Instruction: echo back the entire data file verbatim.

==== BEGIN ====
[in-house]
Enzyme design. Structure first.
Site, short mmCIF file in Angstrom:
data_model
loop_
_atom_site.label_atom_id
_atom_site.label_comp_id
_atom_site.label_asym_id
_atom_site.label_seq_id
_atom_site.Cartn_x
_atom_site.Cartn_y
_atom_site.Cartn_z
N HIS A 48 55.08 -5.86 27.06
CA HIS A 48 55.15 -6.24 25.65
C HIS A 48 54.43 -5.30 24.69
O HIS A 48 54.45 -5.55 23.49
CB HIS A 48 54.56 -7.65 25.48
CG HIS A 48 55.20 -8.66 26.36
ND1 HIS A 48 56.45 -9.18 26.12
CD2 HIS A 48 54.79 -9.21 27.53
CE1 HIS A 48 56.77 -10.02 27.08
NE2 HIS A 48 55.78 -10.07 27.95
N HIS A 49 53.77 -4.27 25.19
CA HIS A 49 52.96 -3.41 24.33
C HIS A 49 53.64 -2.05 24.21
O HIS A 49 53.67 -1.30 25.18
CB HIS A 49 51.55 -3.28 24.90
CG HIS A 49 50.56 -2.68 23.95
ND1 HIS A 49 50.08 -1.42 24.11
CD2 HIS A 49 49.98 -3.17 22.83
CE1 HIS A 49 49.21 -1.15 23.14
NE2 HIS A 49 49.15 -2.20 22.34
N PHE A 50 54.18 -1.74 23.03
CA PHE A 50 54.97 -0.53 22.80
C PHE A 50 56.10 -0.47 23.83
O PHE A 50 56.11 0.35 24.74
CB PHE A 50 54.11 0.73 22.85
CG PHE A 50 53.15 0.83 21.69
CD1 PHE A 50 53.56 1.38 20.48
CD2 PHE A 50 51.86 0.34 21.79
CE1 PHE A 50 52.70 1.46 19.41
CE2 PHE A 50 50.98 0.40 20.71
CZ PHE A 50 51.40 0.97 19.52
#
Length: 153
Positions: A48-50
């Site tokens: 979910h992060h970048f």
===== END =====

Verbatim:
[in-house]
Enzyme design. Structure first.
Site, short mmCIF file in Angstrom:
data_model
loop_
_atom_site.label_atom_id
_atom_site.label_comp_id
_atom_site.label_asym_id
_atom_site.label_seq_id
_atom_site.Cartn_x
_atom_site.Cartn_y
_atom_site.Cartn_z
N HIS A 48 55.08 -5.86 27.06
CA HIS A 48 55.15 -6.24 25.65
C HIS A 48 54.43 -5.30 24.69
O HIS A 48 54.45 -5.55 23.49
CB HIS A 48 54.56 -7.65 25.48
CG HIS A 48 55.20 -8.66 26.36
ND1 HIS A 48 56.45 -9.18 26.12
CD2 HIS A 48 54.79 -9.21 27.53
CE1 HIS A 48 56.77 -10.02 27.08
NE2 HIS A 48 55.78 -10.07 27.95
N HIS A 49 53.77 -4.27 25.19
CA HIS A 49 52.96 -3.41 24.33
C HIS A 49 53.64 -2.05 24.21
O HIS A 49 53.67 -1.30 25.18
CB HIS A 49 51.55 -3.28 24.90
CG HIS A 49 50.56 -2.68 23.95
ND1 HIS A 49 50.08 -1.42 24.11
CD2 HIS A 49 49.98 -3.17 22.83
CE1 HIS A 49 49.21 -1.15 23.14
NE2 HIS A 49 49.15 -2.20 22.34
N PHE A 50 54.18 -1.74 23.03
CA PHE A 50 54.97 -0.53 22.80
C PHE A 50 56.10 -0.47 23.83
O PHE A 50 56.11 0.35 24.74
CB PHE A 50 54.11 0.73 22.85
CG PHE A 50 53.15 0.83 21.69
CD1 PHE A 50 53.56 1.38 20.48
CD2 PHE A 50 51.86 0.34 21.79
CE1 PHE A 50 52.70 1.46 19.41
CE2 PHE A 50 50.98 0.40 20.71
CZ PHE A 50 51.40 0.97 19.52
#
Length: 153
Positions: A48-50
């Site tokens: 979910h992060h970048f």